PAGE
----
- Attempt to remain in 15% tax bracket to avoid taxes on capital gains (unless tax laws change).
- Convert 401(k) / IRA to Roth as income / tax bracket allows.
- Donate appreciated securities to Donor Advised Fund when needed to maintain low tax bracket.
- At 59.5, evaluate 401(k) / IRA and estimate RMD’s, which kick in age 70.5.
- Anticipate delaying Social Security to get the maximum benefit, assuming good health.
- Pay for boys’ college with $2000 to $4000 cash (to obtain tax credits), then tap 529’s.
Retirement Asset Allocation:
- 10 years of expenses in bonds (in 457(B) and 401(K)).
- Remainder in Equities, maintaining 3:1 US / International Ratio.
- Consider decreasing REIT holdings to 5%.
Why do I say you need an IPS?
That’s a fair question, and I’ll admit that need is a rather forceful word, but there are many benefits to creating an IPS. You can get by without one, but you really ought to have one. Here’s why:
- It defines your desired asset allocation. This is the keystone to a solid IPS, and if you don’t want to bother with creating an IPS document, you should at least start with a sensible asset allocation.
- It will force you to define your goals, and make a realistic plan to help you achieve them. In my experience, it’s way tougher to get somewhere if you don’t know where you’re going or what mode of transportation you’ll be using.
- An IPS will make you less likely to jump from one investment to another. Investing with emotion and acting on recent performance data causes many a casual investor to chase returns, buy high, and sell low. These activities will decrease long-term returns and make reaching your goals more difficult and less likely to happen. Sticking with your IPS and updating it infrequently will help you “stay the course” and avoid costly mistakes.
- If you work with a financial advisor, creating an IPS together will ensure that your advisor understands your goals, and that he or she is helping you invest your money in a way that is consistent with your stated goals.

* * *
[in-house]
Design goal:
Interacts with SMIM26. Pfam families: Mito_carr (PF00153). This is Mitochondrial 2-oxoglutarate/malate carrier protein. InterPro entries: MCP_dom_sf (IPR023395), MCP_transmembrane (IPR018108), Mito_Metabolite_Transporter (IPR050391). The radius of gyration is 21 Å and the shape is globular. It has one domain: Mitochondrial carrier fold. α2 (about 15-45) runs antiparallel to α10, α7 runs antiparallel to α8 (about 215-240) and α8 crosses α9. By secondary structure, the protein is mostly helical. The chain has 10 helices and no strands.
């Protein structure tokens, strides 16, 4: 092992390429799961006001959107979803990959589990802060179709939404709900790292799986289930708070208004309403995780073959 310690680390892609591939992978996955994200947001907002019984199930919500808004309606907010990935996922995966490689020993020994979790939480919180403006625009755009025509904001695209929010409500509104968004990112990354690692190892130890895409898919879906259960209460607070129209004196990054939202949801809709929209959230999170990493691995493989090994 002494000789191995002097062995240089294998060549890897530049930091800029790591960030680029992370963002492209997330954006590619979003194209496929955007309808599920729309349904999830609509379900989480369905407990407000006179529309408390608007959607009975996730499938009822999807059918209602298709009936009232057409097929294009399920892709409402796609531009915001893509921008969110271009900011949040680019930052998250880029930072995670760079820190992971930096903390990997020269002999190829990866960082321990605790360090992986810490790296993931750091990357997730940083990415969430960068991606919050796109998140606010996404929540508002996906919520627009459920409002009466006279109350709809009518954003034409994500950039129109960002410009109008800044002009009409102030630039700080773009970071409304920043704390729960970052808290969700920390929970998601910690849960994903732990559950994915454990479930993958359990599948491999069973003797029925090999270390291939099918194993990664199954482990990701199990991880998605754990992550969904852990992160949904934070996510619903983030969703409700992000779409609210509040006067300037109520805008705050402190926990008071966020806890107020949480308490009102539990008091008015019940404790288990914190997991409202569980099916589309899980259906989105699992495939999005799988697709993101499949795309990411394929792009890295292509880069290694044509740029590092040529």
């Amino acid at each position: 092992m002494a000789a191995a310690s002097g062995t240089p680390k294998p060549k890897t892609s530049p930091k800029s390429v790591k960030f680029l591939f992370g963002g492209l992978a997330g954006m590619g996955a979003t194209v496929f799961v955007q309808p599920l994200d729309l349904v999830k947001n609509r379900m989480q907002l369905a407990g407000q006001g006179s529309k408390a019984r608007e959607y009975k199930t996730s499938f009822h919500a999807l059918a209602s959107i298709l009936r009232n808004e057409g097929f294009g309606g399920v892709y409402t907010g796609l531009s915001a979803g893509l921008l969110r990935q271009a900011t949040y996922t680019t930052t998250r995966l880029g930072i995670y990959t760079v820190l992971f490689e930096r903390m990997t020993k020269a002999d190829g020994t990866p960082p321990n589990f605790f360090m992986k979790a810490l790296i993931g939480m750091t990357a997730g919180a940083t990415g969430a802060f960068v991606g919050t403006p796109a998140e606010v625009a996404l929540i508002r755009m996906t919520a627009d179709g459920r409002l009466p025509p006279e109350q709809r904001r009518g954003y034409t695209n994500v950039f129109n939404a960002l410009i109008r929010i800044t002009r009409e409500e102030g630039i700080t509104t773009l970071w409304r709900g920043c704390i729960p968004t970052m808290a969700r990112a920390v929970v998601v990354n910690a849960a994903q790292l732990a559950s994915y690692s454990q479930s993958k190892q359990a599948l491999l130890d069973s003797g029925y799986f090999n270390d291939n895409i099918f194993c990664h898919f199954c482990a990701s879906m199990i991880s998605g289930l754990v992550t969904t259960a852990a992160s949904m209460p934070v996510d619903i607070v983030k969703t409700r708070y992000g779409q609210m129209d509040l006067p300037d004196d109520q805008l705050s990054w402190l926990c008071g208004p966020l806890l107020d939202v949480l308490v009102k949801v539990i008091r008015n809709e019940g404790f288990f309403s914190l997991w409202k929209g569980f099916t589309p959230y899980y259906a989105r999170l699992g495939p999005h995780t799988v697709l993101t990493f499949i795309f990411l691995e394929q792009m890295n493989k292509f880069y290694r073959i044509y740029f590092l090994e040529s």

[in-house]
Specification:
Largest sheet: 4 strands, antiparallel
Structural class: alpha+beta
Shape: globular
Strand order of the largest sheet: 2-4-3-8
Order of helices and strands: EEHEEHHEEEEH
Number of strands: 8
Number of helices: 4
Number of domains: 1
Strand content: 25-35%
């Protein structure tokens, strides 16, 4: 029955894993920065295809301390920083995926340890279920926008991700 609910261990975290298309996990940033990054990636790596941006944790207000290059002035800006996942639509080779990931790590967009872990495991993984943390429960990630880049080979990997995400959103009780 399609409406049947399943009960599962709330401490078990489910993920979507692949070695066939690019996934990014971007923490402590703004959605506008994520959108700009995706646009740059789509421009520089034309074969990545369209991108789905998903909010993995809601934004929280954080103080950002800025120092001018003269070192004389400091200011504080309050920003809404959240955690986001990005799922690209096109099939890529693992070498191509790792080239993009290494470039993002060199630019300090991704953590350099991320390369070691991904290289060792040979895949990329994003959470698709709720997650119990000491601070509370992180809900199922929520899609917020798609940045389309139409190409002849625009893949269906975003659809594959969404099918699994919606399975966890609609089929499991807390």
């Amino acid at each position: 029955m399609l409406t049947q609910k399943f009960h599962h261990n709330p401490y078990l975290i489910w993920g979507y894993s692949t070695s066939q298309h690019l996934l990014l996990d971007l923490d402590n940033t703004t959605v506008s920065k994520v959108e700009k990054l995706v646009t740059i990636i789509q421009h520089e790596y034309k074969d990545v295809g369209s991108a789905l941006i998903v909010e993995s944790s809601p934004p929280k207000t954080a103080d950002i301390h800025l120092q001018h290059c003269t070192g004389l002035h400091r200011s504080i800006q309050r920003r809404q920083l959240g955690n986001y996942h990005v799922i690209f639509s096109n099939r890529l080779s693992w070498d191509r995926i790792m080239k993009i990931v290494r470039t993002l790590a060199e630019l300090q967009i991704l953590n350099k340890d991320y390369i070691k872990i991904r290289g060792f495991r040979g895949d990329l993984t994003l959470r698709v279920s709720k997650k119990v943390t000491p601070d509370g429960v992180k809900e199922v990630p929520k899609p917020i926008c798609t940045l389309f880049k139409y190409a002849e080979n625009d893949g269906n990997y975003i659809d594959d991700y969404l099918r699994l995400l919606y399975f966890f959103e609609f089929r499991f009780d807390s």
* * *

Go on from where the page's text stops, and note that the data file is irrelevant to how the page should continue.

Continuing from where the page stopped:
- While drafting an IPS, you can expect to learn more about investing, about yourself, and about how your goals can best be achieved, particularly if you are not initially well-versed in personal finance when you begin.
How do I get started?
Start with the basics. Determine your risk tolerance, and come up with a reasonable, preferably simple, asset allocation. Take some time to consider your goals. Talk with your significant other if you’ve got one. When you’ve got some goals figured out, write them down. Take time to understand the investment options available via the workplace and externally, and how to best utilize them to reach your goals. Your IPS can be much simpler than mine and could fit on an index card. The specifics can wait. You can make it as detailed as you like, of course, and I’ve seen some much longer than mine, too.
Where can I find additional resources?
The Bogleheads Wiki has examples and links to threads with many more examples.
The White Coat Investor has written a How To Guide on writing an IPS.
Google is a great starting point for the answer to just about anything, ever. This link is set up to search Google for you, so you don’t have to.
Do you have an IPS? Do you revisit or revise it? How often? Do you think a written down IPS is overkill? Tell me and your fellow readers what you think in the comment box below.